An intro packet is a helpful way to onboard clients and boost your freelance success. It’s a good way to make a great first impression by answering questions, setting expectations and filtering clients, which can mean better projects.
A thorough onboarding process is more efficient for you and more appealing for clients—and it starts with an intro packet. Imagine you’re a potential client asking about a project. What would you prefer to receive as a first step?
- 1. A short email with few details that requires follow up and then a back-and-forth exchange.
- 2. Or a thorough, professional document that answers most of your questions.
That’s how an intro packet can make an awesome first impression:
What Is an Intro Packet?
An intro packet is a collection of introductory information you send to a potential client when they express interest in your services. It’s designed to be sent before you start a project, before you sign a contract, and before you even have an initial meeting. It outlines the big picture view of working with you and answers a lot of the basic questions clients ask (and you spend a lot of time answering).
A successful intro packet will help determine if you and a client will be a good fit.
Client Onboarding Explained
An intro packet should be one of the first steps in your client onboarding process:
- 1. Initial client inquiry: A client sends you an email or fills out a form on your website expressing interest in working with you and asking for more info.
- 2. Intro packet: The first thing you do in response is send them a detailed overview of what it’s like to work with you. This should answer all the basic questions and set up next steps.
- 3. Client meeting: The intro packet should lead into a client consultation meeting where you determine the scope of their needs and get enough information to make a proposal.
- 4. Proposal & contract: A freelance proposal should lay out the aims of the project and costs, while a contract should have all the specific definitions and expectations.
- 5. Welcome packet: This is an opportunity to give a client a thorough overview of how the project will go and begin specific tasks such as collecting content, sharing logins, and starting project management systems.
- 6. Project: And then you’re diving into the project itself.
This kind of clear process can help you weed out bad clients and better retain good clients. If you need more help with getting clients started, Jennifer Bourn offers a complete and detailed overview of how you can implement a new client onboarding process and set expectations.
How Intro Packets are Different Than Welcome Packets
An intro packet gives basic details about working with you—payment policies, time frames, how you work, etc. It’s answering those initial questions a client needs to know before they start a project with you.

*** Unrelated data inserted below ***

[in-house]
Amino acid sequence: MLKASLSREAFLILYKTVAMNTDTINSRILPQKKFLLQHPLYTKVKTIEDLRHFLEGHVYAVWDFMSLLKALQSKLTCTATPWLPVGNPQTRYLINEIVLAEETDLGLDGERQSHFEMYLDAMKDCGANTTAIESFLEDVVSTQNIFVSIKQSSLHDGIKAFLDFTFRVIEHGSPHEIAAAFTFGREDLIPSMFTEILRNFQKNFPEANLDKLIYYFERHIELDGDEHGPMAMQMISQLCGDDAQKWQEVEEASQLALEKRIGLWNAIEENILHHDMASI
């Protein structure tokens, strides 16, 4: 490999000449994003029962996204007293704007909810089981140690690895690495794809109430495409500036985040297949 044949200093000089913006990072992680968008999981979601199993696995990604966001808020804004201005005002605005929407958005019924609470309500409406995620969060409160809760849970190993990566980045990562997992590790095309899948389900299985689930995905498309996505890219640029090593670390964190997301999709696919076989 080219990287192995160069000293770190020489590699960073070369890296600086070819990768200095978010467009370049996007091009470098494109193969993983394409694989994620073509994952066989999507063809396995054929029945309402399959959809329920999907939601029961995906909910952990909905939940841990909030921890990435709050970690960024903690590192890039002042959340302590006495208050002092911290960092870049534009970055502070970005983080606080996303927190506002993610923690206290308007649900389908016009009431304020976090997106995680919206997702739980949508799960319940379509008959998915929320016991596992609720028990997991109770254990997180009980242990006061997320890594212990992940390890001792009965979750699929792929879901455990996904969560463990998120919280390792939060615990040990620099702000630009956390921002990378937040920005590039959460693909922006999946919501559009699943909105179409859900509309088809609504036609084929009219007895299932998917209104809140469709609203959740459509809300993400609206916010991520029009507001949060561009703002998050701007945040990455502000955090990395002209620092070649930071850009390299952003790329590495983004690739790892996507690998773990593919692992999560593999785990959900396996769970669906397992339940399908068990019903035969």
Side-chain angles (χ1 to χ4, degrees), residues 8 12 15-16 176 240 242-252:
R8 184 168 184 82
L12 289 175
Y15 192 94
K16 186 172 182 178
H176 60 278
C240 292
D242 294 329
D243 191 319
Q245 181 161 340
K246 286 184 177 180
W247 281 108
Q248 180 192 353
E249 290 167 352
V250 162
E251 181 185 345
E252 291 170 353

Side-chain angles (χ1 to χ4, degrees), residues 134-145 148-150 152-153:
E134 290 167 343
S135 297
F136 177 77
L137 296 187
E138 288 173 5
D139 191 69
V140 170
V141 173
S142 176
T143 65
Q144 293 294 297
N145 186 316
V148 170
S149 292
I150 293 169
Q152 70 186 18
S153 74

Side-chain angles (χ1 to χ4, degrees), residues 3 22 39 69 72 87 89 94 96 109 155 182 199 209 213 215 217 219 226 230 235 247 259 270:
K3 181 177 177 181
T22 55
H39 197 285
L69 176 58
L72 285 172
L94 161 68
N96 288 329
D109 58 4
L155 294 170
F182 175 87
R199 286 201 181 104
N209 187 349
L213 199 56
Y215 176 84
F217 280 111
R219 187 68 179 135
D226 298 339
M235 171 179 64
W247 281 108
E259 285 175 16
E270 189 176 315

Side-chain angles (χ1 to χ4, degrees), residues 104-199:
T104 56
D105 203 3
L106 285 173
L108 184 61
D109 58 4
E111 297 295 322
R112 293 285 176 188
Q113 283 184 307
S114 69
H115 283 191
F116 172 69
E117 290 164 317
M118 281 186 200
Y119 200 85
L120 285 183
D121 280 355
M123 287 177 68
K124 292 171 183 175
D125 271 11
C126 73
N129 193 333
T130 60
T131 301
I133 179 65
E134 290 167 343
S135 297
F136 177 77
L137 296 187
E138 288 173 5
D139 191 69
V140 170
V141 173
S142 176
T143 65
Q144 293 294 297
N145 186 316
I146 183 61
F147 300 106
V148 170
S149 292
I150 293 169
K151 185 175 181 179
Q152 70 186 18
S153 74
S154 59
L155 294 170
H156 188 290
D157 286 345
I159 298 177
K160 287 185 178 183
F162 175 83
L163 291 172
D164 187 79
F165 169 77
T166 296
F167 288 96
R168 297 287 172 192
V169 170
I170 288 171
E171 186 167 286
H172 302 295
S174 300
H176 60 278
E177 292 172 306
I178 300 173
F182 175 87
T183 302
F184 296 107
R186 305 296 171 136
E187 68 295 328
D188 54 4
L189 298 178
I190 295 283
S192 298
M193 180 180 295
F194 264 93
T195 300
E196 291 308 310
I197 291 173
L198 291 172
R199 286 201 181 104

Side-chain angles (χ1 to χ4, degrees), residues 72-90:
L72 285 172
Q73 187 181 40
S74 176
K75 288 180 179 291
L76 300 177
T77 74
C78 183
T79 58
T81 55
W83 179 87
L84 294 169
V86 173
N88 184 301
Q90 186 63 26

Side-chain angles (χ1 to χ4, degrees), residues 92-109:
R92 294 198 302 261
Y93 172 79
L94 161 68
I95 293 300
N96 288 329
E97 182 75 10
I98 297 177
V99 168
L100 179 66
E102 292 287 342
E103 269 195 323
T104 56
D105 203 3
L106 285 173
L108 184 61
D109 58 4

A welcome packet is for the client who has already agreed to work with you. They’ve signed a contract and you’re starting the project. The welcome packet is about getting the project moving—initial payment, deadlines, logins, how to deliver content, etc.
- Scope: An intro packet focuses on the big picture, while a welcome packet focuses on the details.
- Before vs. After: An intro packet is sent before a contract is signed, while a welcome packet is sent after.
- Purpose: An intro packet helps you land a client, while a welcome packet helps you complete the project.
Why Use an Intro Packet?
Which is a good transition to talking about why you should use an intro packet: It’s good marketing.
Benefits of an Intro Packet
This introductory packet can do a lot of things to help you:
- Sets expectations: Lets clients know what to expect, which can calm fears or anxiety and make them more confident in your ability.
- Saves time: Explaining your process in an organized, consistent approach makes things smoother and faster for both you and your client.
- Reinforces your brand and messaging: As much as you know your own brand and message, it’s easy to send off a quick email to a potential client that covers business details but lacks your brand voice.
- Good first impression: Shows that you’re organized, thorough, and professional.
- Self-screening: Clients can see all your policies and how you work right from the start, and if there are red flags they can choose not to work with you, which saves you tons of time and hassle. (And if a client is a good fit, your intro packet will only reinforce that feeling.)
All of the above will help you land and keep clients, and that’s important.